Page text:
“. . . Our place in this world would then be determined by our own advancement or condition in the pre-mortal state, just as our place in our future existence will be determined by what we do here in mortality.

        “When, therefore, the Creator said to Abraham, and to others of his attainment, ‘You I will make my rulers,’ there could exist no feeling of envy or jealousy among the million other spirits, for those who were ‘good and great’ were but receiving their just reward” (David O. McKay, Home Memories of President David O. McKay, 228–30).

        • Holden Pattern says:

          Excellent. So we know that the Alphas, Betas, Gammas, Deltas and Epsilons have all been sorted by Almighty God in advance in great detail, thus providing an incontestable justification for the powerful and wealthy to keep their power and wealth.

          Divinely mandated caste systems are execrable religious doctrines, wherever they arise.

        • I don’t have any sense of what the laity believes and how devoted they are to things like this. My inclination is to be mean about it given how embarrassing the origins of the religion are, and certainly we all pick reasons to be smug, but maybe you’d get some funny looks regarding this one, like asking people if Jesus really put demons into a pig.

          • Malaclypse says:

            I don’t have any sense of what the laity believes and how devoted they are to things like this

            The belief in a literal Preexistence is absolutely central to Mormon theology. The degree to which our actions in the Preexistence determine our lives here is something there is disagreement on.

            That said, one of the many weird traits about Mormonism is that, because so much of the Church hierarchy is semi-untrained laity, much training involves repetition. To this day, I can hear a Mormon prayer and recognize it as being Mormon, not doctrinally, but because of verbal patterns, in a way I could never do with, say, a Baptist or a Catholic. And Sacrament Meetings are the same kind of thing – three talks from congregation members, all following the same sorts of subcultural tropes, all with the same verbal patterns.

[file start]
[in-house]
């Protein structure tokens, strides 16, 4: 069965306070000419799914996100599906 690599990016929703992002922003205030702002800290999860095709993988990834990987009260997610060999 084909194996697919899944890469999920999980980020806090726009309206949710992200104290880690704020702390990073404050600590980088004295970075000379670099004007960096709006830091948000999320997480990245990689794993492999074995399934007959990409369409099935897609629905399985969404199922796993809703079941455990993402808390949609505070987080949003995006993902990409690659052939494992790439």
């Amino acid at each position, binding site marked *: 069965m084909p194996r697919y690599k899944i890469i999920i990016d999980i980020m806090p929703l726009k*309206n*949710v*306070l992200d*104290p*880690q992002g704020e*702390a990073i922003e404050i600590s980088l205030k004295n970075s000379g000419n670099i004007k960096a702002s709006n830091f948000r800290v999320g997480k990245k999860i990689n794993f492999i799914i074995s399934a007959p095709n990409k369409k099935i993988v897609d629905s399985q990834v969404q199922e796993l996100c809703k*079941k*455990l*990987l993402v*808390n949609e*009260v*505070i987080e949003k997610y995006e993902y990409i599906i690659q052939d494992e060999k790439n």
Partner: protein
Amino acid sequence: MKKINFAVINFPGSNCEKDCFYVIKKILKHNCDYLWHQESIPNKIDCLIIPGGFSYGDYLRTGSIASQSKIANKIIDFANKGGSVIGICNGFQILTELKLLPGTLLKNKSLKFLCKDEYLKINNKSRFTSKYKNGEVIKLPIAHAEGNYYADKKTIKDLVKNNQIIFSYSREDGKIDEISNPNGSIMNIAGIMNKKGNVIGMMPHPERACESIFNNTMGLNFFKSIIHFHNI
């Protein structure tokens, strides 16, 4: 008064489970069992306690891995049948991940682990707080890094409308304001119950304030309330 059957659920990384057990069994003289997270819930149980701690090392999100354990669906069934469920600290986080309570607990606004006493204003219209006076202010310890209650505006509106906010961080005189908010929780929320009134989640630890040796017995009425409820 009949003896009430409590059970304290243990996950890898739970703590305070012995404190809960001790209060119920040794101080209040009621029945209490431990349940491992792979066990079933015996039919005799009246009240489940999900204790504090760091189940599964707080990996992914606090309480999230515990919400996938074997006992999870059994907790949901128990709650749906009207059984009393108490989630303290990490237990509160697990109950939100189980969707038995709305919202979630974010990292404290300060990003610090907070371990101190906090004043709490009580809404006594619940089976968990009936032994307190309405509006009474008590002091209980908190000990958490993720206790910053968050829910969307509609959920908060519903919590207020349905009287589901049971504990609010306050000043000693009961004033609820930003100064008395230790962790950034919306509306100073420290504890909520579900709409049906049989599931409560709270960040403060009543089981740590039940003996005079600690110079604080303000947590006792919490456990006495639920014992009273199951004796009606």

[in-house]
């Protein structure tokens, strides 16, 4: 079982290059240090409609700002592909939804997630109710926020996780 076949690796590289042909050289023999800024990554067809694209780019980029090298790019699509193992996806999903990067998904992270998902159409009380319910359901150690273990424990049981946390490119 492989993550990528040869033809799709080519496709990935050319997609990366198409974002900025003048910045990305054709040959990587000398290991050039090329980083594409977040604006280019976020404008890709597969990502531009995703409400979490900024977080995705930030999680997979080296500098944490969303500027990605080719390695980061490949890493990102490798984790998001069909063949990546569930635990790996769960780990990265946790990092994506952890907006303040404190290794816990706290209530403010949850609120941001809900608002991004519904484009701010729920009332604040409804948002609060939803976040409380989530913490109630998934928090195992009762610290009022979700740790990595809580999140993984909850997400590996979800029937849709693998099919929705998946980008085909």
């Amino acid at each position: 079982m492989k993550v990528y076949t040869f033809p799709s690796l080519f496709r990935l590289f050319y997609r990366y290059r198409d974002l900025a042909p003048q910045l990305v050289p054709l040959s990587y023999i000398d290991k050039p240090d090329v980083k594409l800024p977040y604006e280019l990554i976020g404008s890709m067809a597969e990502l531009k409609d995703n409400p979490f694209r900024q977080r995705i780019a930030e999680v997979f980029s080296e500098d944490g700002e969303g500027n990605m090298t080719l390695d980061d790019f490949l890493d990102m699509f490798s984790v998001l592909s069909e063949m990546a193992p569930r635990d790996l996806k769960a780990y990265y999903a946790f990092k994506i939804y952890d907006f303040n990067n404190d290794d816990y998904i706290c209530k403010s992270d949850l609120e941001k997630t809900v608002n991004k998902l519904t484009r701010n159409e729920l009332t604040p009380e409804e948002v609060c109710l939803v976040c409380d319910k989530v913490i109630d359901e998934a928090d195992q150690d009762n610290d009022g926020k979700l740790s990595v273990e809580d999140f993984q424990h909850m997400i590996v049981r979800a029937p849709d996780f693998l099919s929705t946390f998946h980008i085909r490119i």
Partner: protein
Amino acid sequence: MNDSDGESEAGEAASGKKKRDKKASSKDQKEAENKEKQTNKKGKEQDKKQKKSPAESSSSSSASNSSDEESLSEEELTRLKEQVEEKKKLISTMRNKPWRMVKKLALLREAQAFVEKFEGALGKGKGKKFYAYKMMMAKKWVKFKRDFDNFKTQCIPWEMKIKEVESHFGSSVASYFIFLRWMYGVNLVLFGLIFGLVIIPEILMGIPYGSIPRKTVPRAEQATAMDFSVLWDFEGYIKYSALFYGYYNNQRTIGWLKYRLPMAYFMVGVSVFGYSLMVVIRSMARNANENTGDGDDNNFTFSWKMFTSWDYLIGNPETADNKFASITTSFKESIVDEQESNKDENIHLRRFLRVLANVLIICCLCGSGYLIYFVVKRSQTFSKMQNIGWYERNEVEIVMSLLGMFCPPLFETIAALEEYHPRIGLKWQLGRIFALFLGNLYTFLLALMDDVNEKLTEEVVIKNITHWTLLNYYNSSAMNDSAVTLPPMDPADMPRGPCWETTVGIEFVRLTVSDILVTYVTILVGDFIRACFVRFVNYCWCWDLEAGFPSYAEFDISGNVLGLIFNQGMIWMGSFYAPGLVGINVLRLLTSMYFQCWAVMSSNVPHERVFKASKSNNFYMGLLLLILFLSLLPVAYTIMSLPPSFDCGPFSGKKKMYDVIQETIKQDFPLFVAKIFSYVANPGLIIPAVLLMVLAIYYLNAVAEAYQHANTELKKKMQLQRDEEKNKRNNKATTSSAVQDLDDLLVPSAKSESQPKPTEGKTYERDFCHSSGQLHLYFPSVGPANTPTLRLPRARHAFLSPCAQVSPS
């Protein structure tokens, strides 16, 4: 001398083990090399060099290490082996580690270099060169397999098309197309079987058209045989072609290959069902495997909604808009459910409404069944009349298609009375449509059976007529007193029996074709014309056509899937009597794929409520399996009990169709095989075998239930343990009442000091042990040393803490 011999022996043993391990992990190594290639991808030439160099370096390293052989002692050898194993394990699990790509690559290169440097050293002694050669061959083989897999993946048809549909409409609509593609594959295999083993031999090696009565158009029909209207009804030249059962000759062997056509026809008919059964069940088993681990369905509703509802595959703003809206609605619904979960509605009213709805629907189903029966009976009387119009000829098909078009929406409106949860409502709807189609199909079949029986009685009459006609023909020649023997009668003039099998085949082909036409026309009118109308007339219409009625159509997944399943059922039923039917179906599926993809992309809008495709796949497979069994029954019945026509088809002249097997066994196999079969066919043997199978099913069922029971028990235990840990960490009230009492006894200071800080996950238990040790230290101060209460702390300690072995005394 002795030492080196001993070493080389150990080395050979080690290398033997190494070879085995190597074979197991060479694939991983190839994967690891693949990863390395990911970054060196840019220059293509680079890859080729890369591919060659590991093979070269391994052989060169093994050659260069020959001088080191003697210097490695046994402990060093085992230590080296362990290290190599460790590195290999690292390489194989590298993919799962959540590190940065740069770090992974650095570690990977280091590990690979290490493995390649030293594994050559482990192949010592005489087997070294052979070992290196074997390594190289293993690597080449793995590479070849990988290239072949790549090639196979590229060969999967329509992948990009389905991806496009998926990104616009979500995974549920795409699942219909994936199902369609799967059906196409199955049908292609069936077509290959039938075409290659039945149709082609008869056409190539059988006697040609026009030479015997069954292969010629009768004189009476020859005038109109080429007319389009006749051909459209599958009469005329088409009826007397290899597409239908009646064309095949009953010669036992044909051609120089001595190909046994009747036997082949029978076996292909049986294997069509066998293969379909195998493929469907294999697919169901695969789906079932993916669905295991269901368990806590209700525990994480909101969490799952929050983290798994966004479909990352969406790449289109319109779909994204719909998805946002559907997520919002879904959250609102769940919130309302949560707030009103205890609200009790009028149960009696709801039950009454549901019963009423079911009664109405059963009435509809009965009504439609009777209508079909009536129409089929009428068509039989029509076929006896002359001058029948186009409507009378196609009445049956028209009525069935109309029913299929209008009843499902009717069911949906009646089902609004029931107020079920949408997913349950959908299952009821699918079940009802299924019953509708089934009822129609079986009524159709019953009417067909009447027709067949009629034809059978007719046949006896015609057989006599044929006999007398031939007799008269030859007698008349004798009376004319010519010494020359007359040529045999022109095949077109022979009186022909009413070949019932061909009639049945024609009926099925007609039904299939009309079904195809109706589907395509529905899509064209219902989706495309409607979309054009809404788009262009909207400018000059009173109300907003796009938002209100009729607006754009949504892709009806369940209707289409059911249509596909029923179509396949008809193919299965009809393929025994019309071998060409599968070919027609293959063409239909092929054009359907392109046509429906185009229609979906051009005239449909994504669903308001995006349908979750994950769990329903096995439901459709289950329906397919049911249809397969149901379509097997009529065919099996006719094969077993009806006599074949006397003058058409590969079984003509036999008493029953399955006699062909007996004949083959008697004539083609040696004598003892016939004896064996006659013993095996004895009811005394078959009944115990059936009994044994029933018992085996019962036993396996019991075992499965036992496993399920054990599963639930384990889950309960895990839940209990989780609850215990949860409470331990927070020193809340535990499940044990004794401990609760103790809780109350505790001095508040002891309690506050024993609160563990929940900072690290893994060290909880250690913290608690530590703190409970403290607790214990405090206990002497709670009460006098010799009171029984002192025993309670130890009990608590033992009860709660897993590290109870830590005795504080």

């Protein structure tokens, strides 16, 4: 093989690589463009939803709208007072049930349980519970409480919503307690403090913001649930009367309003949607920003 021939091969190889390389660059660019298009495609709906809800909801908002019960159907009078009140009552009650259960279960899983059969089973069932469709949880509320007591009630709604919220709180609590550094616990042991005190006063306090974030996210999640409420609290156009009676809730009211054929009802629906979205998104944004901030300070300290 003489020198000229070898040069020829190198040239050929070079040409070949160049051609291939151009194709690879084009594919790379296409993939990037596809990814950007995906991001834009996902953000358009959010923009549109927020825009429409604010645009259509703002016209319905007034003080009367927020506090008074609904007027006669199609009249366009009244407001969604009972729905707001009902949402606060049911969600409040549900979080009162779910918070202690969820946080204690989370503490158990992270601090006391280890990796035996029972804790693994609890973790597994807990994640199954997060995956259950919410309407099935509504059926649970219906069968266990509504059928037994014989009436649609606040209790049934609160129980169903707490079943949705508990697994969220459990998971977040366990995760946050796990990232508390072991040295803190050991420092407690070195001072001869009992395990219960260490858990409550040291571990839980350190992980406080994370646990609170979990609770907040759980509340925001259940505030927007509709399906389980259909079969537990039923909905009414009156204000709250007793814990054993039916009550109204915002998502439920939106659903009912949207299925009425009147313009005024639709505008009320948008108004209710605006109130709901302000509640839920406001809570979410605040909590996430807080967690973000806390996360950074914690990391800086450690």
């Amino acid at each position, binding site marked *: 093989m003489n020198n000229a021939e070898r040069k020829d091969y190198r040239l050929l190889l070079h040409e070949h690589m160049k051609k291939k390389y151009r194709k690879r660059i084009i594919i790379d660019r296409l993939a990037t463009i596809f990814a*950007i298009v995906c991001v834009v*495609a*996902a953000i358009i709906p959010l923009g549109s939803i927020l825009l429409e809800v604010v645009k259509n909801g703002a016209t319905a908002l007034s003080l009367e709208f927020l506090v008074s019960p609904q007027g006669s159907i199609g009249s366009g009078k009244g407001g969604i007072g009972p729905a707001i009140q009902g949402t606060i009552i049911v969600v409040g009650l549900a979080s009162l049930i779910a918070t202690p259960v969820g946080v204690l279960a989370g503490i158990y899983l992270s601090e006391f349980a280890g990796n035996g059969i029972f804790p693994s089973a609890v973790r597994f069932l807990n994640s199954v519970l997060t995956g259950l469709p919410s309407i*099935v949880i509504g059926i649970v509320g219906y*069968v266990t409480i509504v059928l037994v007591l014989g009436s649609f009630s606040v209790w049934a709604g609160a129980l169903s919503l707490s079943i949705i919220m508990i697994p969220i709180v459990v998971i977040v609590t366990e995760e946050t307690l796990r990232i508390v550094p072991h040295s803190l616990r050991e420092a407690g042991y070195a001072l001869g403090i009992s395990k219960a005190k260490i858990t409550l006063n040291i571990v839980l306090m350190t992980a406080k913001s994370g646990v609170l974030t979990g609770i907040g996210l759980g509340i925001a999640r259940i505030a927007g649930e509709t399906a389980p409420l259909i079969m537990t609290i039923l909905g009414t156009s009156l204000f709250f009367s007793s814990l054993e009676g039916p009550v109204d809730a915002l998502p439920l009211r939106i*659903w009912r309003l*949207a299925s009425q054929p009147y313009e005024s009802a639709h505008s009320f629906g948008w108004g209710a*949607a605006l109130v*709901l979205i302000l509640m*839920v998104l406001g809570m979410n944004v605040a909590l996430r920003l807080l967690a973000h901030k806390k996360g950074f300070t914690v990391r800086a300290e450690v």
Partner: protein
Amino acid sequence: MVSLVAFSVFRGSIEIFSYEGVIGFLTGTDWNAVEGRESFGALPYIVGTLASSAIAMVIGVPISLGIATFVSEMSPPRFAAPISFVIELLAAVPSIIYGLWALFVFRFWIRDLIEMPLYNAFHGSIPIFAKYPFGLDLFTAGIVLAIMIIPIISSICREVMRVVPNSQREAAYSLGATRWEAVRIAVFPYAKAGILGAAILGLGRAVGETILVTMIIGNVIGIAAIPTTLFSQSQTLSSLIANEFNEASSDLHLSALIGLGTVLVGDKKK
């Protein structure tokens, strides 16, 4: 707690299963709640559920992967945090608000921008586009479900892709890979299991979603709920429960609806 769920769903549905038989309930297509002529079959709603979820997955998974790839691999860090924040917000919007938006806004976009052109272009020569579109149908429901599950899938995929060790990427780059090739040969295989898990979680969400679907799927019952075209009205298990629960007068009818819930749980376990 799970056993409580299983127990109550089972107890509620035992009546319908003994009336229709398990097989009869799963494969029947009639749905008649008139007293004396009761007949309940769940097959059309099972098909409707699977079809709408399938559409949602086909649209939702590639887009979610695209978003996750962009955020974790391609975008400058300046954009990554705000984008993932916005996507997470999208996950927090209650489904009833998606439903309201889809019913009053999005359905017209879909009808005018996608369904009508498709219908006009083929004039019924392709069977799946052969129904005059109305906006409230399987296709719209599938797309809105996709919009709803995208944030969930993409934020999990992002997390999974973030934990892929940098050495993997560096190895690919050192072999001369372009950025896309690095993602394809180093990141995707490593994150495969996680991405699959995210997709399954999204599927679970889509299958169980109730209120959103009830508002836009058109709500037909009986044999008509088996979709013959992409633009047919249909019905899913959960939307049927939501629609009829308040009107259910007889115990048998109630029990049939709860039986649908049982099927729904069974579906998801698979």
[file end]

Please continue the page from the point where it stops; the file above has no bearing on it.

Then I read Mittens’ gripe about envy, and I hear David O. McKay. There are these weird subcultural verbal things, and I’m sure I’m not explaining it well, but it is all just so very Mormon…

            • HonorableBob says:

              How funny you are!

              All of a sudden, a candidate’s religion is an issue.

              Last cycle, Rev Wright and his ‘Hate America First’ Black Liberation theology wasn’t worth mentioning….

              • Deggjr says:

                So you saw (Marine Corps veteran) Rev. Jeremiah Wright’s name on a ballot? That would explain alot.

                • HonorableBob says:

                  Lesseee….Obama sits and listens to commie preacher denounce the USA for 20 years or so……Nah…..it’s not important

                  Now, a well established church organization that is so wholesome and pro USA that the CIA prefers to recruit there….now *THAT’S* something worth our scrutiny!!

                • Dude, if you haven’t squirmed uncomfortably in a pew while a clergyman said something stupid about politics, than you don’t go to church. I’m sure as hell not on the same page as the US Conference of Bishops when it comes to politics.

                  The reason we’re treating the two cases differently is that Barack Obama has, in word an deed, demonstrated quite convincingly that he doesn’t share the opinions of Rev. Wright, while Mitt Romney (an actual officeholder in his church) has very visibly aligned himself with its politics.

                • Malaclypse says:

                  Now, a well established church organization that is so wholesome and pro USA that the CIA prefers to recruit there….now *THAT’S* something worth our scrutiny!!